Not the End, Just the Beginning!


As I plunder through the vast array of knowledge my brain has absorbed in the past 6 weeks, it is satisfying to say that I have expanded my awareness and ideas about the media. Looking back through my previous posts I recognize how my views have grown and transitioned from looking at particular theories and models “subjectively” to “objectively”. By looking at these studies objectively I am able to critically evaluate and critique the positives and negatives of each. However, I did enjoy placing my own thoughts and opinions on the matter as well.

Particular theories which I found most intriguing were “Reading Images” and “Ownership and Control”. In studying semiotics I learnt that I can’t look at an image and declare that the depiction is “real”. For example an image of a tree, it isn’t a “tree” it is rather an “image of a tree”. I found media-myth busting incredibly compelling and I discovered that there may be much deeper meaning behind an advertisement or some form of media communication e.g. Carl’s Jr Raunchy Cod Fish Sandwich. Now whenever I see an advertisement I feel it necessary to look beyond what is depicted and interpret it with more significance.

I was completely shocked to learn that most of our news and media was owned by two people in Australia. This turned my world upside down and I started viewing the media as a manipulation tool that was used by powerful people to control society. My negative thoughts throughout the lecture soon turned into positive thoughts when I did further research at home. I used “The Cove” to express that powerful people do not always try and control the media, but there are also powerful people using media to expose the truth.

Following the comments received on my blog, class discussion and reading other blogs I have learnt that everyone is entitled to their own opinion and whether I agree or disagree with their point of view it is important that I acknowledge their analysis in order to gain a well-rounded outlook on the issue.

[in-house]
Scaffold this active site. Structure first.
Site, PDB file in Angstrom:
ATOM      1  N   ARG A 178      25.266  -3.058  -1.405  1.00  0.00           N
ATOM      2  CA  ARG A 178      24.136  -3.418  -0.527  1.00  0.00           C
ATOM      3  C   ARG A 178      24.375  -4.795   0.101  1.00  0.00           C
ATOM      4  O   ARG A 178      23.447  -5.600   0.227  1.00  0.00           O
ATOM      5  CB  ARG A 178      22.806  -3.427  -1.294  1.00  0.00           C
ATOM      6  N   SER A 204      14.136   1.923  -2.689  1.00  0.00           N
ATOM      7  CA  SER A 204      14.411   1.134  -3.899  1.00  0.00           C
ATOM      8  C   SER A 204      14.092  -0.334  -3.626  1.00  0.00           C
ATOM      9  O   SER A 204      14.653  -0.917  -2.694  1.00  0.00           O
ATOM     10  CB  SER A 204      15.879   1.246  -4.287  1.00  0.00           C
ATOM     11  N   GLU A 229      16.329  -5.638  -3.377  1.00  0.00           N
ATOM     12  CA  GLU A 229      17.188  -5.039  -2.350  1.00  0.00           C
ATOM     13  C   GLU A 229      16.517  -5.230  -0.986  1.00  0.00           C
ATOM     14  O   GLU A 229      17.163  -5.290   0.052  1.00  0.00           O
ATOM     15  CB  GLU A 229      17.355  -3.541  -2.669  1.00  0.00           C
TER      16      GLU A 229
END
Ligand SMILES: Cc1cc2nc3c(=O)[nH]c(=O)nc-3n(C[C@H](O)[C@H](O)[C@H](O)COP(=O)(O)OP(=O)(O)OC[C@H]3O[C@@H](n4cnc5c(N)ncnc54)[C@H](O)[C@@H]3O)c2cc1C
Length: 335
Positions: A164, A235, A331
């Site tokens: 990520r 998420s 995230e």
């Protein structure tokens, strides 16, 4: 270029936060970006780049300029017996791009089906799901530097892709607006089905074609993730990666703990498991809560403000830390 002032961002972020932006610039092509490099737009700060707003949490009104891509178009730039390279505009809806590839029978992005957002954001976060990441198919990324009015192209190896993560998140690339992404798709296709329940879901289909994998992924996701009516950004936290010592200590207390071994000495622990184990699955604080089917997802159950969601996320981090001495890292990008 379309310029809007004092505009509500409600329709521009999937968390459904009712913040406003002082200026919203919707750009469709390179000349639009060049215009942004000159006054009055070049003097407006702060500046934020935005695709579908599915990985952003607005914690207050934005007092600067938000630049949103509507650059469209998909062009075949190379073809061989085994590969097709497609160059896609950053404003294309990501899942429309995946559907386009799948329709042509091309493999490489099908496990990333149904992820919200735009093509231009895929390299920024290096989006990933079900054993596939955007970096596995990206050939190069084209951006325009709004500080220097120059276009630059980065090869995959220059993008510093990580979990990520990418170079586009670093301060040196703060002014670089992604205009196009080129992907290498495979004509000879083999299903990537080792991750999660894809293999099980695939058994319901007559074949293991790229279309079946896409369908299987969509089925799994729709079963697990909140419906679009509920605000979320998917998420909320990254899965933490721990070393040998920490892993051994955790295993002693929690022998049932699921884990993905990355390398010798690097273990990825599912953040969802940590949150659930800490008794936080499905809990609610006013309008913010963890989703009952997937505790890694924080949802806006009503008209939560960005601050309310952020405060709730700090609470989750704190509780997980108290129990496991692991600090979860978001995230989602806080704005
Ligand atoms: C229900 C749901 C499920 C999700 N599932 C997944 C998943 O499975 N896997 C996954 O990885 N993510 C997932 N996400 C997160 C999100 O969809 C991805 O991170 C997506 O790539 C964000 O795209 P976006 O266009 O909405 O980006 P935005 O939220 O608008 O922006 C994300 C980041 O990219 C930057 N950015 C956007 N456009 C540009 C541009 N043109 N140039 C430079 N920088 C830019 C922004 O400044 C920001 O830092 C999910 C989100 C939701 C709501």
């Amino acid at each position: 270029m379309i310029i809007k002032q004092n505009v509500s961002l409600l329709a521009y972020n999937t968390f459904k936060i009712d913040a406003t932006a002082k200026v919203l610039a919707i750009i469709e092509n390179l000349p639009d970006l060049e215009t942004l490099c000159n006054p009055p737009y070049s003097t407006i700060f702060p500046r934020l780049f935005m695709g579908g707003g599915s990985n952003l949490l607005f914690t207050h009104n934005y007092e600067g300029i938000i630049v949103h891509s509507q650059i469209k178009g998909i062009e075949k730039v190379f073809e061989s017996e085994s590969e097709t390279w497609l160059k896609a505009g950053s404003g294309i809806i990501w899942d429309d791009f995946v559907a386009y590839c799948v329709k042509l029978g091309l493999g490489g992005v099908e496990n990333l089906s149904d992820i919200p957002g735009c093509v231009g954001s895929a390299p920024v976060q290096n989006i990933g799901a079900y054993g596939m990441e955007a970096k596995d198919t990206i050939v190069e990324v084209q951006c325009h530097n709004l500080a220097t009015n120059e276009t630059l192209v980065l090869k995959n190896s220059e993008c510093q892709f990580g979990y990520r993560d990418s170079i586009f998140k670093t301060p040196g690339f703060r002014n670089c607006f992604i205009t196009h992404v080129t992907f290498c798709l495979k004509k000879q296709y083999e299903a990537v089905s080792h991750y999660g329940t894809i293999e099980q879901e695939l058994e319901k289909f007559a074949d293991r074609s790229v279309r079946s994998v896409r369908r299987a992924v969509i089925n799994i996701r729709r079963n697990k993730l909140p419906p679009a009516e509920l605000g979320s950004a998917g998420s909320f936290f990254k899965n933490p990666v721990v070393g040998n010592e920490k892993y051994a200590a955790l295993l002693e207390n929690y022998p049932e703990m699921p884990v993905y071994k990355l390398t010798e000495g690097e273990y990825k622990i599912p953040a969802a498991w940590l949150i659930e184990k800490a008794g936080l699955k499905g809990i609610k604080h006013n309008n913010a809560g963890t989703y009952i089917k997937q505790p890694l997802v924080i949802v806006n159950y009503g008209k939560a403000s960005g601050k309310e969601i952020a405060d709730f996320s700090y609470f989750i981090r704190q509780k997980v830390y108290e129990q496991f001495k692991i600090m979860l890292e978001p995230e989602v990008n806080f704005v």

I like to see this journey as growth towards enabling myself to look at the media objectively and determine its true implications on society, is it manipulation? What does the image mean? Am I being controlled? What effects does this have on society? And am I being watched?

This isn’t the end, this is just the beginning!


Everyone Is Always Watching

CCTV footage is increasingly being used throughout the world by the government, businesses and individuals. But where does this anxiety about the role of media come from? Why all of a sudden do we feel the need to tighten our surveillance over our public peers and assets?

I believe that this strict employment of CCTV footage has been used by the government to tighten state control. It enables the regulation of the public and ensures that laws are being followed. This is also known as ‘Structural Marxism’ which is discussed by Louis Althusser in his article “On Ideology” 1971.  The use of CCTV footage by businesses allows for the protection of their stores and employees. Surveillance is able to identify thieves in a store, as well as keeping a watchful eye on the behaviour of staff. Other businesses, such as TV broadcasting networks, may use CCTV footage for the benefit of profit. This is evident in the Australian hit TV show “Big Brother”.

This particular show, by Channel Ten, places a mixture of individuals in a house and they are watched by the nation, every day, every hour, every minute, and every second. Watched by the nation and judged by the nation. This can be related to “Jeremy Bentham’s Participation Theory” in which all prisoners can be viewed through glass walls. Increasingly over the last decade, individuals have been placing surveillance cameras in their homes; this is mainly due to protection and making the home owners feel safe.

CCTV footage has many different uses, and it is safe to say that these uses vary dramatically. Surveillance can be used by repressive state apparatuses (state, army, and police) to depict a murderer from a crowd of people or it can be used as a mediated public sphere to create humour and contest ideologies. It’s pleasant to know that almost my every move is being watched, just in case something terrible happens, but where does this draw the line between my protection and my privacy?

Everyone is always watching, are you being watched?